Yellow Mama Archives II

Anthony Lukas

Acuff, Gale
Ahern, Edward
Allen, R. A.
Alleyne, Chris
Andes, Tom
Arnold, Sandra
Aronoff, Mikki
Ayers, Tony
Baber, Bill
Baird, Meg
Baker, J. D.
Balaz, Joe
Barker, Adelaide
Barker, Tom
Barnett, Brian
Barry, Tina
Bartlett, Daniel C.
Bates, Greta T.
Bayly, Karen
Beckman, Paul
Bellani, Arnaav
Berriozabal, Luis Cuauhtemoc
Beveridge, Robert
Blakey, James
Booth, Brenton
Bracken, Michael
Burke, Wayne F.
Burnwell, Otto
Campbell, J. J.
Cancel, Charlie
Capshaw, Ron
Carr, Steve
Carrabis, Joseph
Cartwright, Steve
Centorbi, David Calogero
Cherches, Peter
Christensen, Jan
Clifton, Gary
Cody, Bethany
Costello, Bruce
Coverly, Harris
Crist, Kenneth James
Cumming, Scott
Davie, Andrew
Davis, Michael D.
Degani, Gay
De Neve, M. A.
Dillon, John J.
Dinsmoor, Robert
Dominguez, Diana
Dorman, Roy
Doughty, Brandon
Doyle, John
Dunham, T. Fox
Ebel, Pamela
Fagan, Brian Peter
Fillion, Tom
Fortier, M. L.
Fowler, Michael
Galef, David
Garnet, George
Garrett, Jack
Graysol, Jacob
Grech, Amy
Greenberg, KJ Hannah
Grey, John
Hagerty, David
Hardin, Scott
Held, Shari
Hicks, Darryl
Hivner, Christopher
Hoerner, Keith
Hohmann, Kurt
Holt, M. J.
Holtzman, Bernard
Holtzman, Bernice
Holtzman, Rebecca
Hopson, Kevin
Hubbs, Damon
Irwin, Daniel S.
Jabaut, Mark
Jermin, Wayne
Jeschonek, Robert
Johns. Roger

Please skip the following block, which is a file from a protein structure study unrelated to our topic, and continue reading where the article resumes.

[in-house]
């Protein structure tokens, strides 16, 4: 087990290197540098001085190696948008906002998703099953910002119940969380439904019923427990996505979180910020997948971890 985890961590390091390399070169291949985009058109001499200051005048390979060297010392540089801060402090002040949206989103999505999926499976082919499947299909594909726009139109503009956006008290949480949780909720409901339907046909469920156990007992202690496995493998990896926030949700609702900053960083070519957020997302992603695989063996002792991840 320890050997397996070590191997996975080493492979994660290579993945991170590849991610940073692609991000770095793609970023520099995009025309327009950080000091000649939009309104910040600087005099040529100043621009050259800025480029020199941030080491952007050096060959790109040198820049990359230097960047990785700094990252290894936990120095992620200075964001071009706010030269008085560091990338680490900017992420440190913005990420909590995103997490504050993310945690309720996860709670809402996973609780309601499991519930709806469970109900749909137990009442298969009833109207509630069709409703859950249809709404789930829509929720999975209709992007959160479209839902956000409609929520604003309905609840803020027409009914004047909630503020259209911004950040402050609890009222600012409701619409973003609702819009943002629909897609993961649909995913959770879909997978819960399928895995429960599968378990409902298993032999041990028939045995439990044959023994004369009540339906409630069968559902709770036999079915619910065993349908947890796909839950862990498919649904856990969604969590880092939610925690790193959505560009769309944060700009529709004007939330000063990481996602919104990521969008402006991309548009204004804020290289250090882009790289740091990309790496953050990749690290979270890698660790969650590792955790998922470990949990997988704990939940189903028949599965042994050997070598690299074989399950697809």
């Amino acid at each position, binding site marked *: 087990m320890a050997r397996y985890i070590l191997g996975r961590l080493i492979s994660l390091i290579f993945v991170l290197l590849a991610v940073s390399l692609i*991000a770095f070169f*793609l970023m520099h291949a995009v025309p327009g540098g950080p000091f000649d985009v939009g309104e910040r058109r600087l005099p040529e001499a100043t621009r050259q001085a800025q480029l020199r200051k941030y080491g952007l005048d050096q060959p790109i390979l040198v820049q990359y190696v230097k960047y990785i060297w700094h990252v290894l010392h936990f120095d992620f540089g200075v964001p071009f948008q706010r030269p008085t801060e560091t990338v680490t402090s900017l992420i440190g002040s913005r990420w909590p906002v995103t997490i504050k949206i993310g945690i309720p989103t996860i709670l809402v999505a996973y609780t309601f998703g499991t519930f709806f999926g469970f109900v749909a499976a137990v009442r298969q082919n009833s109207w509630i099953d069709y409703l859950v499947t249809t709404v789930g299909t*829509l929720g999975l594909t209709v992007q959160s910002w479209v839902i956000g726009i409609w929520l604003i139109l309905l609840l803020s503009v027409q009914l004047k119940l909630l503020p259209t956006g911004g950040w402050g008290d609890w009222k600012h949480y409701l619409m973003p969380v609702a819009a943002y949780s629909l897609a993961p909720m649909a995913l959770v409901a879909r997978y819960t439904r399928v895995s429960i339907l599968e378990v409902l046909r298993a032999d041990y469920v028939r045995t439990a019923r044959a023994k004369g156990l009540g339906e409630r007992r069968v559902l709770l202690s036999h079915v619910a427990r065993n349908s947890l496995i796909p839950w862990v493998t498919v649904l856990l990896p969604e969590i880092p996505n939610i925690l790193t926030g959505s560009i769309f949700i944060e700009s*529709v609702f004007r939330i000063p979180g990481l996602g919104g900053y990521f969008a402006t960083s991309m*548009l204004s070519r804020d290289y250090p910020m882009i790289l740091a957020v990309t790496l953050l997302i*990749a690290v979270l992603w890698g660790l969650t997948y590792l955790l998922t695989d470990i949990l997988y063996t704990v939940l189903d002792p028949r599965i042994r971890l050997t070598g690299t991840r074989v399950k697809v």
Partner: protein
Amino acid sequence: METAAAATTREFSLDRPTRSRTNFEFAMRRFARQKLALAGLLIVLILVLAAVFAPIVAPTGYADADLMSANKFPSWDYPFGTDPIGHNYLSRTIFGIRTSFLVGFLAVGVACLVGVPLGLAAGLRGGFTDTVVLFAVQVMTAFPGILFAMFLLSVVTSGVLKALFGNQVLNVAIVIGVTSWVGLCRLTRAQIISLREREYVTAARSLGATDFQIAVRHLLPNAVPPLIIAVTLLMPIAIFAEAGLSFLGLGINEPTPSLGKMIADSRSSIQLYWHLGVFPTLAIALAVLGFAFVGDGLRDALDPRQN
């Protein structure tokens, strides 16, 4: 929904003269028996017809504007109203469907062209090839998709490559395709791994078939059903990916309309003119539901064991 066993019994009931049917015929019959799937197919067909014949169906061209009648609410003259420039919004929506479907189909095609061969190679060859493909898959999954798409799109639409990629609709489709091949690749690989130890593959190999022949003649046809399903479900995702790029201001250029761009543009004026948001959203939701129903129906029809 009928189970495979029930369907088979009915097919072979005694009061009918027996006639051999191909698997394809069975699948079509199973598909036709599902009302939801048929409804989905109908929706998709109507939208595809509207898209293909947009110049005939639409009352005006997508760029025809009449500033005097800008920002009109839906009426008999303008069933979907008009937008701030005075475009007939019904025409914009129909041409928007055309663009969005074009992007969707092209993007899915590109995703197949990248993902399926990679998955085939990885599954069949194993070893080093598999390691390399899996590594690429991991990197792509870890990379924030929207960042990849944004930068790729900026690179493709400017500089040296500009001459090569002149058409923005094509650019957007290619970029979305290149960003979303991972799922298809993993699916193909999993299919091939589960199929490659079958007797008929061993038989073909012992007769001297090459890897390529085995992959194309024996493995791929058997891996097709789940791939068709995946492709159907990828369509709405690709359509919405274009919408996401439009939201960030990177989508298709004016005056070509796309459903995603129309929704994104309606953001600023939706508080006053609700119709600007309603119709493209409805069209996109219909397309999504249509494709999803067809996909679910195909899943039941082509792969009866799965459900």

Kanner, Mike
Karl, Frank S.
Kempe, Lucinda
Kennedy, Cecilia
Keshigian, Michael
Kirchner, Craig
Kitcher, William
Kompany, James
Kondek, Charlie
Koperwas, Tom
Kreuiter, Victor
Larsen, Ted R.
Le Due, Richard
Leotta, Joan
Lester, Louella
Lubaczewski, Paul
Lucas, Gregory E.
Luer, Ken
Lukas, Anthony
Lyon, Hillary
Mannone, John C.
Margel, Abe
Martinez, Richard
McConnell, Logan
McQuiston, Rick
Middleton, Bradford
Milam, Chris
Miller, Dawn L. C.
Mladinic, Peter
Mobili, Juan
Mullins, Ian
Myers, Beverle Graves
Myers, Jen
Newell, Ben
Nielsen, Ayaz Daryl
Nielsen, Judith
Onken, Bernard
Owen, Deidre J.
Park, Jon
Parker, Becky
Pettus, Robert
Plath, Rob
Potter, John R. C.
Prusky, Steve
Radcliffe, Paul
Reddick, Niles M.
Reedman, Maree
Reutter, G. Emil
Riekki, Ron
Robson, Merrilee
Rockwood, KM
Rollins, Janna
Rose, Brad
Rosmus, Cindy
Ross, Gary Earl
Rowland, C. A.
Saier, Monique
Sarkar, Partha